When Simon Baldock was asked if he still wanted cochlear implants after years of waiting, he replied, "Is the Pope Catholic?"
The 50-year-old psychologist had struggled to hear since he was a teenager. For years, "everyone sounded like Donald Duck" and social gatherings became too distressing, so he isolated himself, he said.
Speaking on the phone from his living room in Picton - an unfathomable task without his implants - Baldock shared his story with the Herald, following the Government's announcement of a $28 million injection over four years towards adult cochlear implants.
He wanted New Zealand to know the significance of this investment.
"The first time I switched on my implants was really emotional ... I simply wasn't sure if it would work. I spent four years waiting for this moment so you see all my emotion just poured out of me," Baldock said.
Before the announcement, only 40 adults received funding for a cochlear implant each year, with hundreds on the waiting list for the life-changing surgery. Now, an additional 80 adults each year will receive access to the technology.
The implants are not covered by insurance, so people either need Government funding through the disability budget, or they front the $50,000 cost themselves.
In November 2019, Baldock had an assessment to check if he was eligible for cochlear implants. He assumed he would get them straight away.
Instead, he was forced to wait. "I was distraught for months," he said.
If it wasn't for the pandemic, it's likely he'd still be waiting.
In May last year, his partner got a call asking if Baldock would be available in the next week to get cochlear implants.
"They had a bunch of cancellations because people couldn't move around due to Covid."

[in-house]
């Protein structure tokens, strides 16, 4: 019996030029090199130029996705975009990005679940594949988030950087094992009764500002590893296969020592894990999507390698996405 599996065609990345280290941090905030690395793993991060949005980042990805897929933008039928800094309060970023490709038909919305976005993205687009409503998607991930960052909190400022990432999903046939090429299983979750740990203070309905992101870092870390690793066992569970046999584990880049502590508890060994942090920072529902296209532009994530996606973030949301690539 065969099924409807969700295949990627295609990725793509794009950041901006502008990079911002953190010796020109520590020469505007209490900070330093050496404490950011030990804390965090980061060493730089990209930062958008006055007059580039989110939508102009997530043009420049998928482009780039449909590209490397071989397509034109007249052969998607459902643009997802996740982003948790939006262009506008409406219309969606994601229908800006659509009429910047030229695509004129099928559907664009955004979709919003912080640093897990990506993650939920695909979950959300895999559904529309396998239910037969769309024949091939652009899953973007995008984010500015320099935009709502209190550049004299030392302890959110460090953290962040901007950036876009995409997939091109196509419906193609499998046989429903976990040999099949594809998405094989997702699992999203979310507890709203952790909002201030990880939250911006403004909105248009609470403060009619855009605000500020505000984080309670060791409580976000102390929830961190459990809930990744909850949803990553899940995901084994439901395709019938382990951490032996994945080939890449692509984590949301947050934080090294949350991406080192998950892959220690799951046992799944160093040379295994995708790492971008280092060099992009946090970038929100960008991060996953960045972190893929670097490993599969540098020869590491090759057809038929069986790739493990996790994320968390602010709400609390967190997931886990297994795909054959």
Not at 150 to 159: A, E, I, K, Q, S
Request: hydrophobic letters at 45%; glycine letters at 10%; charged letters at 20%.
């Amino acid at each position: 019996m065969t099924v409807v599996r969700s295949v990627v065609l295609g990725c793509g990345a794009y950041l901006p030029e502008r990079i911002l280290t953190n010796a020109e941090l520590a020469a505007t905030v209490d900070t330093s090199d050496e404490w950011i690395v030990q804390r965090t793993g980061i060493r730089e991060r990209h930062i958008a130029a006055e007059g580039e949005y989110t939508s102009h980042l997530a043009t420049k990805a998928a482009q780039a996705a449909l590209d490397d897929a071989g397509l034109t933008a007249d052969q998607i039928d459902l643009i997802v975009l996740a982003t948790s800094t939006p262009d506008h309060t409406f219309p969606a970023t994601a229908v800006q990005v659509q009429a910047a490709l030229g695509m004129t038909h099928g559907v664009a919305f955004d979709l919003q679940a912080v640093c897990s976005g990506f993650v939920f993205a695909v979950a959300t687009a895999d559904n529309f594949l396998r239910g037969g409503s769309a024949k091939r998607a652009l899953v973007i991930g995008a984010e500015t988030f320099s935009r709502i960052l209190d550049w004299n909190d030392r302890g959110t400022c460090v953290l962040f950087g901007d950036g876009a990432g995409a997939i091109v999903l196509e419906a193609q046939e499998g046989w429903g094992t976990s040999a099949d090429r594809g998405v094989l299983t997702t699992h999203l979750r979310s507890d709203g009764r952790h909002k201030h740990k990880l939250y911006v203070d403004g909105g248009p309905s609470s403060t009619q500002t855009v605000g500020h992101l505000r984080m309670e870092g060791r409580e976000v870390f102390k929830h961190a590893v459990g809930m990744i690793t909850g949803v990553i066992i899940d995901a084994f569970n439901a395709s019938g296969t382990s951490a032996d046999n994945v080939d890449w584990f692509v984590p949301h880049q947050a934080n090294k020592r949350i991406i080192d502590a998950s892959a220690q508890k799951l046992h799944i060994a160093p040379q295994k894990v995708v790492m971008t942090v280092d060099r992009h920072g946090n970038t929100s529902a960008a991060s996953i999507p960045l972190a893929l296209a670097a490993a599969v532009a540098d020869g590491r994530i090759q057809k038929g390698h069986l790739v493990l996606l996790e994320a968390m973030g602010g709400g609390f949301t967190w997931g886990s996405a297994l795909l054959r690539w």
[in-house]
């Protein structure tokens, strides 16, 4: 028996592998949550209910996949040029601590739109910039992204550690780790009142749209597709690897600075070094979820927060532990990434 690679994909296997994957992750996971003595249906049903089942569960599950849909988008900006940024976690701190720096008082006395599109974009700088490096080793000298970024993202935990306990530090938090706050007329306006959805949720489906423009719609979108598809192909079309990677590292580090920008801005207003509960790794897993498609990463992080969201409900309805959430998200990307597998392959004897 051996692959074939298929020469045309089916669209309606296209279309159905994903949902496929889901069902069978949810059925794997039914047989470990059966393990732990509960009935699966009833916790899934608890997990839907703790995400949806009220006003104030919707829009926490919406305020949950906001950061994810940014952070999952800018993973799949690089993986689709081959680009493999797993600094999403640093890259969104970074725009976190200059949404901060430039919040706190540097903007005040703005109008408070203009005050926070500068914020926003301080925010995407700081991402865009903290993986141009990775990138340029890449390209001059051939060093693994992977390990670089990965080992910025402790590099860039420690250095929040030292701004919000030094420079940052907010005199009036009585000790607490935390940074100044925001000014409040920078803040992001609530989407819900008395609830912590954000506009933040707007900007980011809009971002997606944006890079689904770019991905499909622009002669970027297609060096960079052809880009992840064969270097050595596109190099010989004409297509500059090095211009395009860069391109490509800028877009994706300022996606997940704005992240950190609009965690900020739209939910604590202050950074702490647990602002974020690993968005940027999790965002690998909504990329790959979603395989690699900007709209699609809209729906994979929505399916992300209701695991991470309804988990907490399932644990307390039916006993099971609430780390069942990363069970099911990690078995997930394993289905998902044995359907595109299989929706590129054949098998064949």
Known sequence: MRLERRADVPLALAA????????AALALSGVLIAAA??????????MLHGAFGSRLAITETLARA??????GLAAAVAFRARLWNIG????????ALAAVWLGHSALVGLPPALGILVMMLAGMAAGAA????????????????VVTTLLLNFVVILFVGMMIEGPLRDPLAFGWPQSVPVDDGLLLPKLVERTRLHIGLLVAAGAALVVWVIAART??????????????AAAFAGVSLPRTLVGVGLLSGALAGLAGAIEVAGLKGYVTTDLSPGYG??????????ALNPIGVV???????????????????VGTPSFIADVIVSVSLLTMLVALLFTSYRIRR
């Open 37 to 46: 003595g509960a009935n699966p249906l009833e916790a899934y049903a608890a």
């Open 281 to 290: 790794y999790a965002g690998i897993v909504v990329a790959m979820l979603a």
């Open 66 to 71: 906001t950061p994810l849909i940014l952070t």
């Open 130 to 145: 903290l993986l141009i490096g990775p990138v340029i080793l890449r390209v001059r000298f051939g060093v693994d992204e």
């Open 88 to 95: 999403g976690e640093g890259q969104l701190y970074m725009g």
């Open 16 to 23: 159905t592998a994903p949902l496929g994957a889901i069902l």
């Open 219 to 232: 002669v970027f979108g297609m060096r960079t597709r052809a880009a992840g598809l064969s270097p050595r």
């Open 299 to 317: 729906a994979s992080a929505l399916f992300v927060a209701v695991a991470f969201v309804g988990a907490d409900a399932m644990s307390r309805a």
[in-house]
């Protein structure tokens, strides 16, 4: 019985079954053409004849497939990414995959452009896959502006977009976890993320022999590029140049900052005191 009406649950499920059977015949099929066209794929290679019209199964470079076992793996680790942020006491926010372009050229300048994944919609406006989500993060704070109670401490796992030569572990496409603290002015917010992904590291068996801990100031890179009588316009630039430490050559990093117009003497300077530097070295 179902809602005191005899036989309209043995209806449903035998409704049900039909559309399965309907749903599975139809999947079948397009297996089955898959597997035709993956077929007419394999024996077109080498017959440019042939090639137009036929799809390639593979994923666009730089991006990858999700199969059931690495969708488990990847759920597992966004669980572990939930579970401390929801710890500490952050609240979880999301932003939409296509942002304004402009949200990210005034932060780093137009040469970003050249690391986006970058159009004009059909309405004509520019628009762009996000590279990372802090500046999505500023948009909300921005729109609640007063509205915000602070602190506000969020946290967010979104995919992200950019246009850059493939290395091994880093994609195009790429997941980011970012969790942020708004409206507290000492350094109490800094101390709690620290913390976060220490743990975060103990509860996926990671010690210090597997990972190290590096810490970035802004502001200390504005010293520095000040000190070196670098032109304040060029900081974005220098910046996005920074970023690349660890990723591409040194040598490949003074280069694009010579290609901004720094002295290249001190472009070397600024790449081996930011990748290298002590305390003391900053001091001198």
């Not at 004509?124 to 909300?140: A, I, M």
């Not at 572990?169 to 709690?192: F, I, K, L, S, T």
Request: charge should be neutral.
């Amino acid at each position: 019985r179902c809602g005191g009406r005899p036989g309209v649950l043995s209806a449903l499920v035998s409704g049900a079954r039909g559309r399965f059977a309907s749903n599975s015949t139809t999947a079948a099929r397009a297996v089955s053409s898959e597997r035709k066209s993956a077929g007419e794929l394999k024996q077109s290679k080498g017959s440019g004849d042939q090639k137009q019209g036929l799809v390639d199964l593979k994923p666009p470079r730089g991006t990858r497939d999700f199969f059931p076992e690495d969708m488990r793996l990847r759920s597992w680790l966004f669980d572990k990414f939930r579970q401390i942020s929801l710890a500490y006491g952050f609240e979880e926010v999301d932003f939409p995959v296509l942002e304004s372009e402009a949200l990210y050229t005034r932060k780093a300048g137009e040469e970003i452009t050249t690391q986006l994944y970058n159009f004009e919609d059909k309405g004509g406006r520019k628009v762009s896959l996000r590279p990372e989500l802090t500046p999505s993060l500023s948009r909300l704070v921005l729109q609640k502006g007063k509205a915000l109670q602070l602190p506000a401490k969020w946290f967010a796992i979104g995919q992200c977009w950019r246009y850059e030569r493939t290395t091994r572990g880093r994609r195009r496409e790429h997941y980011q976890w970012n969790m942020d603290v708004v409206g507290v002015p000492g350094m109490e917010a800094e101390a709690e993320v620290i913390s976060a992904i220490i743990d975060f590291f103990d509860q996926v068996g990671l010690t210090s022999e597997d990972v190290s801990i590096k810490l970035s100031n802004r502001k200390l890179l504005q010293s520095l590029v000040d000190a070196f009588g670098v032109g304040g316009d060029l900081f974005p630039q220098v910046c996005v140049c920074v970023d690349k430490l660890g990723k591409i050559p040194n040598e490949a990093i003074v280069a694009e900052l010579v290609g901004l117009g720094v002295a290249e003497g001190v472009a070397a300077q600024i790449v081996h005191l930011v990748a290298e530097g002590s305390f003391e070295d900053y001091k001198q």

The moment he could hear again was one he will never forget. Baldock said that moment reminded him of the song Don't stop believin' by the band Journey.
Now, he can enjoy going to the cinema with his partner, listen to the music he loves, order coffee without hassle and Skype his parents in the United Kingdom.
His hearing has gone from 30 per cent to 92 per cent.
Before his implants, the psychologist needed an interpreter present during his sessions. Now, he's back to working full-time.
Neil Heslop, Southern Cochlear Implant Programme chief executive, said the group had been campaigning for years for a long-term, sustainable funding increase to meet the growing backlog and demand for adult cochlear implants.
"It's brilliant news ... as well as the direct patient benefits, it has an excellent social, community and economic return on investment," Heslop said.
Dr Amanda Kvalsvig, an infectious disease epidemiologist working on the country's Covid-19 response, was also profoundly deaf and had a cochlear implant – without it, she could not do her job.
"Having people wait for a cochlear implant for years and years is a terrible waste of human potential. There are so many of us who have so much to give," Kvalsvig said.
Meanwhile, the World Health Organisation was warning one in four people worldwide will be living with some degree of hearing loss by 2050.
Already, one in six Kiwis struggle to hear.
The National Foundation of the Deaf and Hard of Hearing wants to test children in secondary school - compulsory hearing tests are only done at birth and at ages 3 to 4.